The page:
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Adrian Mead Interview

Posted on 29 December 2005. © Copyright 2004-2024 WriteWords
A longer version of this interview is available to WriteWords Full and Community Members.
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WriteWords talks to screenwriter Adrian Mead, whose first film, Night People, is due out soon

Tell us something about your background.

I love working as writer and I have written on a fairly wide range of drama for the BBC, ITV and Channel 4, everything from the medic shows like "Where The Heart Is" and "Holby" to Comedy Drama such as "Paradise Heights" and "the Last Detective'. Like most creative people I would hate to find myself pigeonholed. At the moment I am writing a Rom -com, a Comedy-Horror and researching a big historical drama. No fear of being pigeon holed just yet.
I've also written and directed four short films and a feature film, which was completed this year and has me hungering for more.

How did you start writing?

I was 33 years old, living in New York and stressed out after 15 years working in the pressure cooker world of hairdressing and fashion shows. On the weekends I was helping out downtown in a gang's projects, persuading kids to give up their guns. I'd travelled the world, been in some VERY strange situations and people were constantly telling me that I should write about it all. A kid from Kirkby in Liverpool becoming a writer? Surely you needed a degree in English Literature to be one of these rare and exotic creatures?

Desperate for a new career I moved to Edinburgh with a plan. I would become a criminal psychologist! So I signed up for an Access course at Edinburgh University. Then that strange phenomena that I have come to love and trust kicked in. You instigate change....and totally unforeseen events begin to take over and carry you forward...in a different direction.
I was asked by some students to be a stuntman in their no-budget short film, as I had a background in Martial Arts and, more importantly, I owned a suit and tie! Once on the film set I realised that THIS was what I was meant to be doing. I'd always sketched, dabbled with music, LOVED films and was never afraid of hard graft. Making films and TV combined all those elements. I was smitten.

Now absolutely determined to to be a writer/director I planned it like a military campaign, visualising every step.
Step 1. I needed training and a calling card. I would make a short film. But first I needed a budget.
I worked 5 days a week in a Salon, 1 day a week at the Access course and 6 nights of the week as a bouncer. I snatched any time I could to write, five minutes here and there but every day I would write. On Sundays I would take out all my scraps of paper, write them up into a script and then pay a student 20 to type them into a screenplay format for me (I didn't own a computer and couldn't type.)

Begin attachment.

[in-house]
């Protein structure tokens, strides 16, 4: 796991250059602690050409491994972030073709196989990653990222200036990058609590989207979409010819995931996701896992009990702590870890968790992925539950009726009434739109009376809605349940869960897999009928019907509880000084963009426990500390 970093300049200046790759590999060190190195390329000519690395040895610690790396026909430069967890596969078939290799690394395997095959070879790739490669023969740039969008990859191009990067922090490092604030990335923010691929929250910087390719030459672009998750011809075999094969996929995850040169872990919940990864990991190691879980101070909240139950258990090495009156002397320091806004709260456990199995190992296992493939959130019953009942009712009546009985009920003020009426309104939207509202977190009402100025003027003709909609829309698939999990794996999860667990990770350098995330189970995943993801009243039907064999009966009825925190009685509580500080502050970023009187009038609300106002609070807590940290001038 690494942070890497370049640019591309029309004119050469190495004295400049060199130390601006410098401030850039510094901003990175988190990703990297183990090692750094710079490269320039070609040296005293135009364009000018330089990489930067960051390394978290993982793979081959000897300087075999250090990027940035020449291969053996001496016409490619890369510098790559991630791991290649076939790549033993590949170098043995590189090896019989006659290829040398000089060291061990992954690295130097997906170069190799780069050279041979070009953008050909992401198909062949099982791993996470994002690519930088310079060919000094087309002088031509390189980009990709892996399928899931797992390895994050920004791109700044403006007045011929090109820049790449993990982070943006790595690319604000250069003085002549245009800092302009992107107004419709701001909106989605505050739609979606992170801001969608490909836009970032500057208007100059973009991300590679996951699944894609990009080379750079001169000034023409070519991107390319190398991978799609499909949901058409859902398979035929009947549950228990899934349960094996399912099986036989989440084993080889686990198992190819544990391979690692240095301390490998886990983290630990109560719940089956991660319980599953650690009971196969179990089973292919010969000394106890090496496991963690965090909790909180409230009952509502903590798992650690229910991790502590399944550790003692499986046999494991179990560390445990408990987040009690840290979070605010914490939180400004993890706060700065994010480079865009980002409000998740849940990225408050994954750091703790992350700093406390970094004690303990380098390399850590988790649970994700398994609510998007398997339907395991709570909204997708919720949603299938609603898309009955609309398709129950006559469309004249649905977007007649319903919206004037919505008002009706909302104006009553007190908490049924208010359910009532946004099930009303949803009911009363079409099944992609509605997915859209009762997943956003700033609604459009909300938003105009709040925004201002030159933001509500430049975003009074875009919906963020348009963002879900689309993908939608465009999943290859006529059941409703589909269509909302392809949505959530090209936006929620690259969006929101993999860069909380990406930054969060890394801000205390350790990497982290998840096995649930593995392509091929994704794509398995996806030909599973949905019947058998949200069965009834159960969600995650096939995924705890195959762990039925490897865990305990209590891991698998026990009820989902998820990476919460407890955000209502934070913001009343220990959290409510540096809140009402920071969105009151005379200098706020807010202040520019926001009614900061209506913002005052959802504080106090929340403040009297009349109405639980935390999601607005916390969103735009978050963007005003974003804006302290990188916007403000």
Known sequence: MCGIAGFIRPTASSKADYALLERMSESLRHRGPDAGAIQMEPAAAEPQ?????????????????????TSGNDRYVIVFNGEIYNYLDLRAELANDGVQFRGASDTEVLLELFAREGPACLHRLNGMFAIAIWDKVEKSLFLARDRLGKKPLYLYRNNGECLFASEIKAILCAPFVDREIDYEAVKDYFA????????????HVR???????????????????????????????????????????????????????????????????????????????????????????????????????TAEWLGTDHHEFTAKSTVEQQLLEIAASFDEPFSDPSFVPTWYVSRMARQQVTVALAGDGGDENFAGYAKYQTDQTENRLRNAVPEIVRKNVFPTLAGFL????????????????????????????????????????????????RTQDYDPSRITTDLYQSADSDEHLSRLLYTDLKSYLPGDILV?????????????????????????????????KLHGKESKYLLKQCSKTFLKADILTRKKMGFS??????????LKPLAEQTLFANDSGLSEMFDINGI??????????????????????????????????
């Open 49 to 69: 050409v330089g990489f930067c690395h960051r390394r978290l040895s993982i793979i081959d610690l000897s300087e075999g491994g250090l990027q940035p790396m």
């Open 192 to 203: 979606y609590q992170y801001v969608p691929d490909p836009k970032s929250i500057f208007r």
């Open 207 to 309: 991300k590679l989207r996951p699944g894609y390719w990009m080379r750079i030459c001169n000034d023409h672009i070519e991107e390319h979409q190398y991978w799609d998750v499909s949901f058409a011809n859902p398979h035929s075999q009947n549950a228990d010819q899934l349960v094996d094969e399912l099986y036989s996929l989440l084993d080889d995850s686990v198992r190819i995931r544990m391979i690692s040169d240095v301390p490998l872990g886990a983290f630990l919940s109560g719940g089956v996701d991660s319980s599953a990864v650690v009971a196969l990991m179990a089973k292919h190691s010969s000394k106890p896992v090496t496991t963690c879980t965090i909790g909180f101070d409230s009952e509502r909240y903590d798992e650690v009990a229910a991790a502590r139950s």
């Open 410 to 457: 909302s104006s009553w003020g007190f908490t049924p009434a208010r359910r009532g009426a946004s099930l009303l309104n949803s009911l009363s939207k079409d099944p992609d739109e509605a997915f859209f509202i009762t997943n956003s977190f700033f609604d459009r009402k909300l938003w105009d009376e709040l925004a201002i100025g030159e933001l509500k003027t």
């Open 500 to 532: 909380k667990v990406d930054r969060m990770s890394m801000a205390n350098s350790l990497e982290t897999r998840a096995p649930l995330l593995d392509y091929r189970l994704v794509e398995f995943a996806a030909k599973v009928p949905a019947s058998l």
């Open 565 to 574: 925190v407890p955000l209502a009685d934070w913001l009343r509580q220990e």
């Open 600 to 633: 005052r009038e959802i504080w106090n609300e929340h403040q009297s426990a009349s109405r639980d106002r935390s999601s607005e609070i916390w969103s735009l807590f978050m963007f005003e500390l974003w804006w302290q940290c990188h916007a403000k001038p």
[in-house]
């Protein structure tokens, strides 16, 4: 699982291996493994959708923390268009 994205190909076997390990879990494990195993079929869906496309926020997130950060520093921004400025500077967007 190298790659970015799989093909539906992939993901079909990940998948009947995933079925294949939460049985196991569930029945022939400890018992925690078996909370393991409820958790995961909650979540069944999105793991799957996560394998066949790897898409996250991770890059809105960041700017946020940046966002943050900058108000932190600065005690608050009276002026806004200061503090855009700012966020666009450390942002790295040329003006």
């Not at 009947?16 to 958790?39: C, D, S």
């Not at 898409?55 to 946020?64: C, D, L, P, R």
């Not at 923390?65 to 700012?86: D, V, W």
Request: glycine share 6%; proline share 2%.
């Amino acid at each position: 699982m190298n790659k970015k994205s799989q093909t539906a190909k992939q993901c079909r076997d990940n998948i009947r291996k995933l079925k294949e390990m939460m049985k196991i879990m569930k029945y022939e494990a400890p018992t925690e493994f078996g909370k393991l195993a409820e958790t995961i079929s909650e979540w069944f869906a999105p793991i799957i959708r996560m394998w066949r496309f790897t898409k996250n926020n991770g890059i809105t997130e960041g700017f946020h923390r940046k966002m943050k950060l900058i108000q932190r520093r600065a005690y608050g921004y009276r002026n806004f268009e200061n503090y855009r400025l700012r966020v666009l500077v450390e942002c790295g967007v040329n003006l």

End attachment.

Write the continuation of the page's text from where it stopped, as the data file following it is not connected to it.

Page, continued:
In nine months I'd saved 7,000 and went back to New York and made a short film on 35mm. I passed my Access course, the short won some awards and my two short scripts and feature (written mostly on the toilet in work ) secured me an agent at ICM London. I was off.

What would be your dream writing job/opportunity?

The job is everything I had dreamed it could be. I love the chance to work alone in the quiet. When I direct it is the polar opposite so I have a perfect balance. If I start to feel the slightest bit down or pressured I go and look through a salon window or watch a bunch of bouncers outside a club and I'm instantly cured. NOTHING about this job is anywhere near as tough and stressful as what I used to do.

How do reviews/audience reactions affect you?

Are creative people ever entirely happy with anything they've done? My goal is always to enjoy and improve and it's about constantly reminding yourself of that and that any criticism is of the material, not you. As a result I can honestly say that I make the most of positive reviews and am completely untouched by negative ones. I can always learn something from them (after I've killed the punchbag in the backyard)

A longer version of this interview is available to WriteWords Full and Community Members.
Click here to learn more about becoming a member.

Comments by other Members

scottwil at 06:21 on 30 December 2005  Report this post
Very positive and very inspiring. Thanks for this. And good luck with the film.


EmmaD at 13:23 on 30 December 2005  Report this post
Fascinating interview and great advice; I couldn't agree more. It just shows that it doesn't matter if you're a late starter and/or are squeezing writing in between daunting amounts of other work.

It also highlights a point well worth making: neither the innocently egotistical hopefuls who dream of their first work being greeted with applause and huge contracts, nor the gloom-merchants who understandably see their job as puncturing such illusions, are altogether right. It CAN be done, you CAN get there, but it requires ferocious, near-obsessive commitment as well as talent. Not everyone who loves writing and does it well wants to or should travel that stony and often lonely road.

Good luck with the film.


Nik Perring at 13:34 on 30 December 2005  Report this post
Great, honest interview.

Thanks, Adrian.



PaulaBlake at 17:12 on 02 January 2006  Report this post

if i ever needed a kick up th earse, that was it!



arse, i mean!

Zigeroon at 12:22 on 03 January 2006  Report this post

Truly inspirational.


Hound Dog at 09:18 on 16 March 2006  Report this post
This interview raises 2 points for me;

1) Don't listen to all the doom and gloom merchants who make out that getting published is akin to being the sole winner on a triple rollover lottery week. Perseverance is key.

2) Jeez, I need to work harder!


annatomic at 09:55 on 23 March 2007  Report this post
This is great. Thank you. I love your advice to new writers.

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